L’Tya Jones | Contributing Writer

“What are you?” It is a simple, yet extremely heavy, annoying, and burdensome question. When I was about seven years old, I still had the wonderful childlike ignorance of not seeing color. My classmates stood around me wide eyed, prodding me for information about my background.

I did not understand how or why people separated themselves by race and creed. Unfortunately, I used to see the world through rose-colored glasses, so I replied to my classmates by simply stating the obvious.

“I’m human.” I saw the confusion that was evident on my classmates faces as they began to shift around uncomfortably. Of course, they knew that looking at me, I was human, and not some alien from Mars. They simply did not want to ask the obvious. I did not understand the question presented to me so a girl piped up and answered the question for me.

“She’s Mixed.’’ I did not understand what the term “mixed” meant, so I did not correct her. I saw the confusion from my classmates faces melt. Just like that, I was sorted and filed into something I didn’t even understand or associate myself with.

I had to endure bullying and name calling because my skin tone is considered too dark for my white classmates and too light for my black classmates. In their eyes, I wasn’t even human, I was just a walking color.

I learned later in life that I had roots that stretched and touched all corners of the world, and that I am in fact, a black woman. I still had the wonderful notion that even though I am a black woman, the world would be able see me for me… a human being. I did not understand that the society I live in has a thick yet subliminal blanket of prejudice.

Of everyone in my family, I have a lighter skin tone. So, when I am out with my family, a stranger would occasionally stop us and ask my mother or my father if I was from a preexisting marriage. People often assume one of my parents is white, or even have the audacity to ask if one of my parents cheated on the other.

The arrogance of people began to become overwhelming. I became tired of the questions, the never-ending stares, and I was in complete disbelief that people would treat another person like such an abnormality. I finally understood who I was and what I was. Yet the world chewed me up and spat me back out as if I was some bitter and disgusting thing.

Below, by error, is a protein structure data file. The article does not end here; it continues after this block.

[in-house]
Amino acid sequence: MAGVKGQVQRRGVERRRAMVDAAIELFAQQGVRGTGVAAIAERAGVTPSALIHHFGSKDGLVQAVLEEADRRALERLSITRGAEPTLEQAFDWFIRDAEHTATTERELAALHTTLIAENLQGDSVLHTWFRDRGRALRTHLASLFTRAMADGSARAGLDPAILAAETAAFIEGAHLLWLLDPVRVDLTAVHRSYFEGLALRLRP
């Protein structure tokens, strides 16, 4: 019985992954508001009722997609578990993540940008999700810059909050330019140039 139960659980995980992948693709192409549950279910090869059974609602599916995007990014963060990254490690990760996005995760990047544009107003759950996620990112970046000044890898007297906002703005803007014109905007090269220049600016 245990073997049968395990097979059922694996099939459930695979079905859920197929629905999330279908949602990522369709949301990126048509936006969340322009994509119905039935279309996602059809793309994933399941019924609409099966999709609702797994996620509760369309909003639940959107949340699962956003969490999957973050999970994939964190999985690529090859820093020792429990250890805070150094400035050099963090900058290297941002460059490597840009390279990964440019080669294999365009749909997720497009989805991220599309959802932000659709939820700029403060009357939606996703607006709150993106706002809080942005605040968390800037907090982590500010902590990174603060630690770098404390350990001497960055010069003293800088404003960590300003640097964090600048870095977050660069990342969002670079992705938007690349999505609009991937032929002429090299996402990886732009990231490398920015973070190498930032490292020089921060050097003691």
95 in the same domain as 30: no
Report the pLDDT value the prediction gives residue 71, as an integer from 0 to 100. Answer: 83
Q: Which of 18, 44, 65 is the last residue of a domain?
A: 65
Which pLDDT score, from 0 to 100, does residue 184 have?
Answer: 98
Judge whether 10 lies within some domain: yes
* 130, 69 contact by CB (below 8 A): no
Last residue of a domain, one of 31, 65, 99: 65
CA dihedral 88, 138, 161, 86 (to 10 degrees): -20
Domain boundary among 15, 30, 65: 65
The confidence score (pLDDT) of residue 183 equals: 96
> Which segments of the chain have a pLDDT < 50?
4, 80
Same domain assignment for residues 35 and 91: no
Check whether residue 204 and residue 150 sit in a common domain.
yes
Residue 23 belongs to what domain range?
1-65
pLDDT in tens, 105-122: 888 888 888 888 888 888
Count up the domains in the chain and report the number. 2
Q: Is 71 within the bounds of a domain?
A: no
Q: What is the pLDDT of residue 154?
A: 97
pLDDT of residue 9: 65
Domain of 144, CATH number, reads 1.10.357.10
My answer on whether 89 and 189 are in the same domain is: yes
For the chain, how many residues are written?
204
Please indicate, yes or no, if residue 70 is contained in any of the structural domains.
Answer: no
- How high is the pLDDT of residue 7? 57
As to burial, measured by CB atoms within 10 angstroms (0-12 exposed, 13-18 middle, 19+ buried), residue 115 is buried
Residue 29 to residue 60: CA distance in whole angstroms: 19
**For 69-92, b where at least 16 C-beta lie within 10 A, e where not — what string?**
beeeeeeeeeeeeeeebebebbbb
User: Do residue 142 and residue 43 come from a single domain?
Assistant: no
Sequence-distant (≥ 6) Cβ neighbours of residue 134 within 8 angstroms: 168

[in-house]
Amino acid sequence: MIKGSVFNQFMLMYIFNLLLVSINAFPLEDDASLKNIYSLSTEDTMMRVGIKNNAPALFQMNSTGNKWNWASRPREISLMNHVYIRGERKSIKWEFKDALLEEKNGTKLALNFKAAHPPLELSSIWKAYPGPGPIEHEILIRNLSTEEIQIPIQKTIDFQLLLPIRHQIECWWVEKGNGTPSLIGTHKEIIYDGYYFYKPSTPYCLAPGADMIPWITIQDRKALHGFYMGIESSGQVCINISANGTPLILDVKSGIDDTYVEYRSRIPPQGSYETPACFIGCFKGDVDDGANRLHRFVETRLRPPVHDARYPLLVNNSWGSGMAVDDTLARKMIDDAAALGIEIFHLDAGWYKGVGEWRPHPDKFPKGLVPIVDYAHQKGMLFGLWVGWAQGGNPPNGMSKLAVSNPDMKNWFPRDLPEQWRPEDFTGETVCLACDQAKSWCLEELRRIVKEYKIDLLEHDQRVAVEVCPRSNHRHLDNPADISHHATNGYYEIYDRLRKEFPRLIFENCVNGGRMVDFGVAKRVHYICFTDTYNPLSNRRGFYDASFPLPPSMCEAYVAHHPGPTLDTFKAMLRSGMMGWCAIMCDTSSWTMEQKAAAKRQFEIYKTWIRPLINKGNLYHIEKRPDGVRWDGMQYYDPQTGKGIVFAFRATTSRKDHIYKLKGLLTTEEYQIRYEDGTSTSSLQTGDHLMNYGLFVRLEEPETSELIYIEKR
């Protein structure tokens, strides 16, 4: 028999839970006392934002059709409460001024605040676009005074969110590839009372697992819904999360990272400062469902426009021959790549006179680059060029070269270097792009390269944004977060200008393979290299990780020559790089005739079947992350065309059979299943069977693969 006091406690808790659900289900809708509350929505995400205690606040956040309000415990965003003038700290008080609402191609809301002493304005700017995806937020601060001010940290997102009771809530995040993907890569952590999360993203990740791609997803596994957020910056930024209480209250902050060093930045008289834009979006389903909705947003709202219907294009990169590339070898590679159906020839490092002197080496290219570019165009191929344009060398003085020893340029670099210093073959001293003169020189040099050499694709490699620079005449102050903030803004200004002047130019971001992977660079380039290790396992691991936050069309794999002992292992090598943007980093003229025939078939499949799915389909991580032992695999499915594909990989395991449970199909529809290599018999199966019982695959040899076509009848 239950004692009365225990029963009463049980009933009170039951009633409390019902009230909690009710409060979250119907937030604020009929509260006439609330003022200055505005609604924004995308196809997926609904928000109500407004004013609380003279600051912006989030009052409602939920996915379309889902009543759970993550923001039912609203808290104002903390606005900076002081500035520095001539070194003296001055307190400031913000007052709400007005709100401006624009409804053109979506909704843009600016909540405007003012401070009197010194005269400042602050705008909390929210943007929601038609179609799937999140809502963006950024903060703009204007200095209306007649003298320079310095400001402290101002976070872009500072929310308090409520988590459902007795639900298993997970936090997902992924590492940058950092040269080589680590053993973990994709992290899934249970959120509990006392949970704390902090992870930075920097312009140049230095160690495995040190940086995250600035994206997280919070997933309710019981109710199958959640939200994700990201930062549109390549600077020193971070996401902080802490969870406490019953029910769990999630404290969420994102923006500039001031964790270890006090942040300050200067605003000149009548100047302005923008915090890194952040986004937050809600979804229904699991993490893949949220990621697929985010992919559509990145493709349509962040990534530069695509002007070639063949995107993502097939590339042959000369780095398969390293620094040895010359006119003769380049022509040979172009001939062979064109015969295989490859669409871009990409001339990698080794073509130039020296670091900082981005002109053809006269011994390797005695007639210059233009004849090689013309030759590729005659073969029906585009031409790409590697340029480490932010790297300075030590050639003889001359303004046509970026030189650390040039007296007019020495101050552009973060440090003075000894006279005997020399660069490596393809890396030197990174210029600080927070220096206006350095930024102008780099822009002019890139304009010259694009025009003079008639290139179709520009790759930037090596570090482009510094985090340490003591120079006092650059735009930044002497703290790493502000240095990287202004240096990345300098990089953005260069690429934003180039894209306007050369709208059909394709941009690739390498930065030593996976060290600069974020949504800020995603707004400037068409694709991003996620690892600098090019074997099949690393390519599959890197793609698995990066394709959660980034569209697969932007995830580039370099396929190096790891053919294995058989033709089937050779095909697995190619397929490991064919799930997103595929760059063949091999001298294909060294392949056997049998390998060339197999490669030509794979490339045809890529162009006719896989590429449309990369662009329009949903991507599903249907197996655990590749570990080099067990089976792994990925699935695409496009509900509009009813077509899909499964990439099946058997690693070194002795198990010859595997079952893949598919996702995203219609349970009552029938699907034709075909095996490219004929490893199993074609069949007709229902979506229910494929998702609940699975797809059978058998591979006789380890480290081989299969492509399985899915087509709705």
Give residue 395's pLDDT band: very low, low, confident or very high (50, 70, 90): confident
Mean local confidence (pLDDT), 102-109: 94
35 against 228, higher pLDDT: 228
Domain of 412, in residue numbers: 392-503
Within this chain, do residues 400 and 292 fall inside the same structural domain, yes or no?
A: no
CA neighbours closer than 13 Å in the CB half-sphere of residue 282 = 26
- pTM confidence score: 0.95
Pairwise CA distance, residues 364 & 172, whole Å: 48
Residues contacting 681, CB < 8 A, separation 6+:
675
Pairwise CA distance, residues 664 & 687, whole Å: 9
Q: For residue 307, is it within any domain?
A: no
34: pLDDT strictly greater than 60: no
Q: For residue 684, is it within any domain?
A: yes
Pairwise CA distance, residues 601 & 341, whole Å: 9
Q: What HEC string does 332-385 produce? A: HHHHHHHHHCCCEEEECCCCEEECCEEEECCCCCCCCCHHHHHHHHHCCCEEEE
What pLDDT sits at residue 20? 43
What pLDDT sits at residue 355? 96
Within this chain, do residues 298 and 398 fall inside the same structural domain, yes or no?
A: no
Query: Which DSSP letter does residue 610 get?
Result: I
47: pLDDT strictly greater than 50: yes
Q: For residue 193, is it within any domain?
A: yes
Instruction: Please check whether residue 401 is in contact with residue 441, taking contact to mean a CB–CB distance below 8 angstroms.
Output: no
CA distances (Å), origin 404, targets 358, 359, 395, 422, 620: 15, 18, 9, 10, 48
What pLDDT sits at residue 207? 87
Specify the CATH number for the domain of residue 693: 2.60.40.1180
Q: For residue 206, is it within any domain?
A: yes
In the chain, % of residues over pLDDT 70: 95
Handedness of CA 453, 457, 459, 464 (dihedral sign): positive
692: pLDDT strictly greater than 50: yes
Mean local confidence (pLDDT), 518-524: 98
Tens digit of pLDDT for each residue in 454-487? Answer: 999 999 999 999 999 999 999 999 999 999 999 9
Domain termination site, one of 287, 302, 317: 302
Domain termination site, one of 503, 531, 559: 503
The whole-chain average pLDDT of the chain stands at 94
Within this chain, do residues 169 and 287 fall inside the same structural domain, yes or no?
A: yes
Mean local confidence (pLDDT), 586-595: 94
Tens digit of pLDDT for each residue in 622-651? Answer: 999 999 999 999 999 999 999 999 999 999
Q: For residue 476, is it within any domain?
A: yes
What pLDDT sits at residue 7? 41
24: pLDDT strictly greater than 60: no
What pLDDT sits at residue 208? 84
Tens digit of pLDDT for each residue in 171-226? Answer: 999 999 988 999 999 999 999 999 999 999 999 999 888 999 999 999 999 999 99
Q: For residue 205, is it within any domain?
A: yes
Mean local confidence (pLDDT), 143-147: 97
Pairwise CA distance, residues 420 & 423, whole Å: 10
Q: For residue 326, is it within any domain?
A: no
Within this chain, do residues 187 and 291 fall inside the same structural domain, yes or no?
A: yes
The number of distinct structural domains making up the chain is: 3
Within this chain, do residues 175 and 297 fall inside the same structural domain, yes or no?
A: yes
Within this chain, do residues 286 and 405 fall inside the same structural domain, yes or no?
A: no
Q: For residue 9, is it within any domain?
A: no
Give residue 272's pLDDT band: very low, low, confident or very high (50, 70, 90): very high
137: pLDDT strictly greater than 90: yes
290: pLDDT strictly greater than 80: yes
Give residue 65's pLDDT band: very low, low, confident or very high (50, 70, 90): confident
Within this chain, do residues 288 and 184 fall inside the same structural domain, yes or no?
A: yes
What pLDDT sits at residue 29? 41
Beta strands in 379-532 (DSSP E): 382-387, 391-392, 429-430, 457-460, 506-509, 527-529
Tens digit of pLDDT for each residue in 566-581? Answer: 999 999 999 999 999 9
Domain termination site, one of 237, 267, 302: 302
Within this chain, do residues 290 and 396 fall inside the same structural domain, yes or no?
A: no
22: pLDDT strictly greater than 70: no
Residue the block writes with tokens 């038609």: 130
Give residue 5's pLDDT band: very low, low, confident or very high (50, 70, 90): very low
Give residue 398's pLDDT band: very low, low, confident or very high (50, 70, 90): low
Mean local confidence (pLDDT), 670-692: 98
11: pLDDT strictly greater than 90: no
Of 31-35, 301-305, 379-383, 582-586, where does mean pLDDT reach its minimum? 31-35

I was conversing with my co-worker one day about work related items, and out of the blue he told me that he does not like black people. I was completely shocked that he told me this, for I didn’t understand why he felt the need to tell me. I reported it to my boss who asked me if I was sure that my coworker did not say it in a joking manner.

I was confused by his question, and informed my boss joking or not, that it is unacceptable to say things like that in the work place. My co-worked found out that I talked to our boss about the situation; he told me that I was just too sensitive. I was extremely angry and it made working at my job increasingly difficult. I felt that if I were to talk about the subliminal racism in my office: no one would listen to me, no one would help me, and no one would could even begin to understand it, or even try to.

I am a human and should not be judge based on my skin color, for it does not make up who I am inside. I have learned how to be comfortable with myself and to love myself for who I am truly am. I can look at the world and truly say that beauty is skin deep. Everyone is different inside and out. We are all humans, and when we all can look at each other in that sense the world can finally progress as a race. The human race.